DEAR MISS LONELYHEARTS: Several years ago I was dumped after an eight-month romance. While the dumper ended it with respect and compassion, I hadn't seen it coming. Looking back, I recognize that neither of us were emotionally ready to take things further: the timing was off. I've moved on to a rewarding life, but still I think about this person every day. I've seen him in passing, but have kept my distance, believing it wise to respect his space, yet still wishing after all these years that we could have maintained a friendship. I've dumped people, too, and rarely think about them (although when I do, it is with goodwill), so imagine that this is likely where I stand with my "dumper." I seldom hear about dumpers looking up their dumpees in search of their "catch and release" and I know that if this fellow really wanted to see me again, he'd know how to find me. Is it as simple as that? -- Dumpee, Winnipeg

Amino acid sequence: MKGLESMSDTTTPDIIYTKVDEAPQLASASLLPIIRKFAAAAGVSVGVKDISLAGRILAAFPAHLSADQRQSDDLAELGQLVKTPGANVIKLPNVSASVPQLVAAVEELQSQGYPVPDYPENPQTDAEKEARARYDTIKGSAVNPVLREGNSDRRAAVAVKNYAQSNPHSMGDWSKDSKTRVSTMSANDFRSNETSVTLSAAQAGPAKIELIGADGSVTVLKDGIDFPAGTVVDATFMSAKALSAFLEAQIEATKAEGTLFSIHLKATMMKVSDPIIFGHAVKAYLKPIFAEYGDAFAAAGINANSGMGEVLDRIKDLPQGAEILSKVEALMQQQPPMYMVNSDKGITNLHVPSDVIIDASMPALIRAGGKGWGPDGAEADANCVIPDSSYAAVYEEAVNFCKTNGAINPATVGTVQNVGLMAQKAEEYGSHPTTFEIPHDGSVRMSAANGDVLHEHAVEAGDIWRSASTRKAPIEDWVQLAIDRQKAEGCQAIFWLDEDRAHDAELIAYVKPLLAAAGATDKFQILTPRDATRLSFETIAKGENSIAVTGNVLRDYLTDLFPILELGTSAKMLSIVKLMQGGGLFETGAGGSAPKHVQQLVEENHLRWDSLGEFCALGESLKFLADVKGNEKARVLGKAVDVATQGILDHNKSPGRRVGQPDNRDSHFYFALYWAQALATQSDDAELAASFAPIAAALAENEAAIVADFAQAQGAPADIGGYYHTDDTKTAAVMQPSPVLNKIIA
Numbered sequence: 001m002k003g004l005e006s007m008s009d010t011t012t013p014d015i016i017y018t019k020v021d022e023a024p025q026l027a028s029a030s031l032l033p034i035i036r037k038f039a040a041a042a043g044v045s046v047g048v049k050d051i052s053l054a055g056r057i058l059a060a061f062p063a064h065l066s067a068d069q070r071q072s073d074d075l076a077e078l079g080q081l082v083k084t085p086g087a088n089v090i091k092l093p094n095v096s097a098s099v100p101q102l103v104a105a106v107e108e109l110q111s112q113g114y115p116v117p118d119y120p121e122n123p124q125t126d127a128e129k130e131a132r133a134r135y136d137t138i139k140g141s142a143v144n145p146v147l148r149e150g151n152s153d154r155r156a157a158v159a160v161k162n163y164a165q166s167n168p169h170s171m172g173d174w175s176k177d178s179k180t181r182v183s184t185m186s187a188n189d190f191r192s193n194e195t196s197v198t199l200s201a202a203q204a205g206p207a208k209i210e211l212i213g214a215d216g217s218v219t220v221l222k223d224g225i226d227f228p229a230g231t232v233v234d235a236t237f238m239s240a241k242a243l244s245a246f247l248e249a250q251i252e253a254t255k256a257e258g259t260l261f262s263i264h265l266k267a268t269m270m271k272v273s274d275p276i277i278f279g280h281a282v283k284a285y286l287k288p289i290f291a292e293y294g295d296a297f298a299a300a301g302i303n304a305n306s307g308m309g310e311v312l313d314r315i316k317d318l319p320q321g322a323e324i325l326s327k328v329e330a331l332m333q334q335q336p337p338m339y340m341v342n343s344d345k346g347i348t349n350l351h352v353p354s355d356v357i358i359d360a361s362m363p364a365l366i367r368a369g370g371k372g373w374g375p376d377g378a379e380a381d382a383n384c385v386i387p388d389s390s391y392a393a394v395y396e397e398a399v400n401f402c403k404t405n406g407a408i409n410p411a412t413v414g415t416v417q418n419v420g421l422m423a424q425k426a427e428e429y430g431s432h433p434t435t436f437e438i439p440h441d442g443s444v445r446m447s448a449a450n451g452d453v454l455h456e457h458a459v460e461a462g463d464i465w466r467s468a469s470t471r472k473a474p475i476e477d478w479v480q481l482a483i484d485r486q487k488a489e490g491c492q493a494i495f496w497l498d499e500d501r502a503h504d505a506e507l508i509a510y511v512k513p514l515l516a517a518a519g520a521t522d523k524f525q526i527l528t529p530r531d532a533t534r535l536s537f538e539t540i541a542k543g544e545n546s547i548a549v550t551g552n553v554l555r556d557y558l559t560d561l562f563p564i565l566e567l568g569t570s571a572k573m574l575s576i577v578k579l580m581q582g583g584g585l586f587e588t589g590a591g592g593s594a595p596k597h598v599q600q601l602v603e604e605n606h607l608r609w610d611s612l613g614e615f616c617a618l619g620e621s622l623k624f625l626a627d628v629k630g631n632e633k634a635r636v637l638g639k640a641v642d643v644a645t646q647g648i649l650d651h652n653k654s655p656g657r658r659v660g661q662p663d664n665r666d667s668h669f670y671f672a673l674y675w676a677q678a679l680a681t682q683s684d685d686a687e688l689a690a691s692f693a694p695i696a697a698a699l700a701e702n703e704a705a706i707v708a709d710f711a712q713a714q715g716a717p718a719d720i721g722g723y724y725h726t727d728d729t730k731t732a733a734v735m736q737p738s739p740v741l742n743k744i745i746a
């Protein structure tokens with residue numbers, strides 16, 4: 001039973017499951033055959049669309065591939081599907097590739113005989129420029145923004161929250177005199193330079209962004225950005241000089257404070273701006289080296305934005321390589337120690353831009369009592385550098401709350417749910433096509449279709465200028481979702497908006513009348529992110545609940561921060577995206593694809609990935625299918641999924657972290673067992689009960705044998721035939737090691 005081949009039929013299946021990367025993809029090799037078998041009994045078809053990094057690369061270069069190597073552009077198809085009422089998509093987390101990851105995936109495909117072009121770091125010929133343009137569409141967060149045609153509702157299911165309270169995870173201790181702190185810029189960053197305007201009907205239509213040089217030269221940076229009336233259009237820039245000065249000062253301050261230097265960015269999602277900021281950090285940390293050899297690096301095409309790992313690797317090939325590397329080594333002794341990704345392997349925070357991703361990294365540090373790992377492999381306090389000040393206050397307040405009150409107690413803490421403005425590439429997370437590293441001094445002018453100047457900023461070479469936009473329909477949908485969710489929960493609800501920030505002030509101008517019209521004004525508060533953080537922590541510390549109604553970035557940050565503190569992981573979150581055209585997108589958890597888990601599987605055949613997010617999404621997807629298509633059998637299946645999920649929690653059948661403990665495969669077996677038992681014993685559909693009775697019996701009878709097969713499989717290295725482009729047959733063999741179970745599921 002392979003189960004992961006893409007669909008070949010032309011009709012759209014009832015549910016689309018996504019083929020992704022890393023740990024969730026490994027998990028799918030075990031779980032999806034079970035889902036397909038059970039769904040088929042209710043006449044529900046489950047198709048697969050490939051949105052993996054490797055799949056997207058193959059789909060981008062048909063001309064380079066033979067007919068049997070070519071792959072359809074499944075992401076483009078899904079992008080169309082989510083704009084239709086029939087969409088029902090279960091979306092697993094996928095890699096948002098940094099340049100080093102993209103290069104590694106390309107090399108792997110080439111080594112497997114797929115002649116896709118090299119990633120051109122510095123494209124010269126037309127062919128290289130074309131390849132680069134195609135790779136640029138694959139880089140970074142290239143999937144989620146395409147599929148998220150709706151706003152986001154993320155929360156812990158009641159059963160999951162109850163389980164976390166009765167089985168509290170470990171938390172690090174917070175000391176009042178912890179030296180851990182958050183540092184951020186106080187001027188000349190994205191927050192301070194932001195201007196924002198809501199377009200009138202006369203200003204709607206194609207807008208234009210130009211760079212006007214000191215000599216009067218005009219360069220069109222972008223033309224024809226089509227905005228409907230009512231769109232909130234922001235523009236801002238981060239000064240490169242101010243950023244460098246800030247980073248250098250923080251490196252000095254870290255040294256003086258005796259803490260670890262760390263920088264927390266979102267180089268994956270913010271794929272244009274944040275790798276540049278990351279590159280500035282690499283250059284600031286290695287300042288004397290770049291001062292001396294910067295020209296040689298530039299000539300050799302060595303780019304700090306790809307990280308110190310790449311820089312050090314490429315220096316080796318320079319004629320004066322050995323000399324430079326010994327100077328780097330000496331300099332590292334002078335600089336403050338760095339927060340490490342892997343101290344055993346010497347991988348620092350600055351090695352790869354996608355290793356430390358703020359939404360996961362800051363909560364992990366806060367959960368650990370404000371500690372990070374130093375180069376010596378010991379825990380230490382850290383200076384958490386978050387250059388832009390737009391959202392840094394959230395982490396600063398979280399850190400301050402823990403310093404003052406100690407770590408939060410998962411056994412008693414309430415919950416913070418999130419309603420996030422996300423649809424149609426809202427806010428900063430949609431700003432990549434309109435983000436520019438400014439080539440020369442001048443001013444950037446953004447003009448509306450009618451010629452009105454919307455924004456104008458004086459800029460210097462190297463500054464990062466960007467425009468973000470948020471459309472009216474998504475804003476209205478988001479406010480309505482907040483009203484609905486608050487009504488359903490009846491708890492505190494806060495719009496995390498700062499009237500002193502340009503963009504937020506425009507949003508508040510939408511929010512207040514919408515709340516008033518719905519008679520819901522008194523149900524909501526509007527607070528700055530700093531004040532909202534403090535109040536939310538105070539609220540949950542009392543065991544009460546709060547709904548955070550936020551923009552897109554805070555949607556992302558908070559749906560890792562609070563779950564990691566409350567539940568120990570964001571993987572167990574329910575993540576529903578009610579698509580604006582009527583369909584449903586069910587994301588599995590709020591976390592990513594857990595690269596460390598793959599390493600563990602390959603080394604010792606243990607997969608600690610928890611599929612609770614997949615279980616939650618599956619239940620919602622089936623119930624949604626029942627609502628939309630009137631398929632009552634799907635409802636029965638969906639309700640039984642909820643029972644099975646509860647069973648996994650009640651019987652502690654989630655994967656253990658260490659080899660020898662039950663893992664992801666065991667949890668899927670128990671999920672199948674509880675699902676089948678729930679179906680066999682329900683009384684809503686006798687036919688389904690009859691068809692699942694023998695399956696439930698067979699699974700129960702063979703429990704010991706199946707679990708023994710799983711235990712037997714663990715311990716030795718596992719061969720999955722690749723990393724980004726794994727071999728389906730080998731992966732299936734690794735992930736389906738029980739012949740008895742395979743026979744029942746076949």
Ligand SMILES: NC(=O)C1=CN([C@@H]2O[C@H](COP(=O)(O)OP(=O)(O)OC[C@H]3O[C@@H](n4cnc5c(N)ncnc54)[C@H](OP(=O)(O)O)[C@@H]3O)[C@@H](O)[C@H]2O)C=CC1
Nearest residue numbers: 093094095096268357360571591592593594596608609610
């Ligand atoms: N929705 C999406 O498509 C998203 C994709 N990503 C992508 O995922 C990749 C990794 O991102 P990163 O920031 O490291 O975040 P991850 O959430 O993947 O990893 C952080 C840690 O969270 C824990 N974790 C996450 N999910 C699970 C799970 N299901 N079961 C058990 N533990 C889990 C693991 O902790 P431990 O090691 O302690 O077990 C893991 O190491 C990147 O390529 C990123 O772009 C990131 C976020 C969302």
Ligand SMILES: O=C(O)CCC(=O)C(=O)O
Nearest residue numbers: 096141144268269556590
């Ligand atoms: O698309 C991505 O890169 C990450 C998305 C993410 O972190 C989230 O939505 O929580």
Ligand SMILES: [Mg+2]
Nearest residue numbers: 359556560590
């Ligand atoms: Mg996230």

Dear Dumpee: You've been thinking about him daily and forcing yourself to stay away when you see him cross your path, which means he still affects you deeply. Stop doing more of what doesn't work. Look him up and face him down! You'll find out one of three things a) He's not the Mr. Wonderful you have imagined or b) he is still Mr. W., but he still doesn't give damn about you or c) he's available, he's ready and he wishes he hadn't lost you. Take a chance with that glimmer of hope; it's a long shot, but you may win. Or you may get another bucket of ice water over your romantic head. Maybe that's what you need after all these years. Most people's experience is not nearly as dramatic as all this. In the majority of cases, the revered and romanticized person, on second view, has shrunk back to normal person size, or smaller. And then you walk away, saying to yourself, "What was I thinking?"
Questions or comments? Write Miss Lonelyhearts c/o Winnipeg Free Press, 1355 Mountain Ave., Wpg, R2X 3B or email firstname.lastname@example.org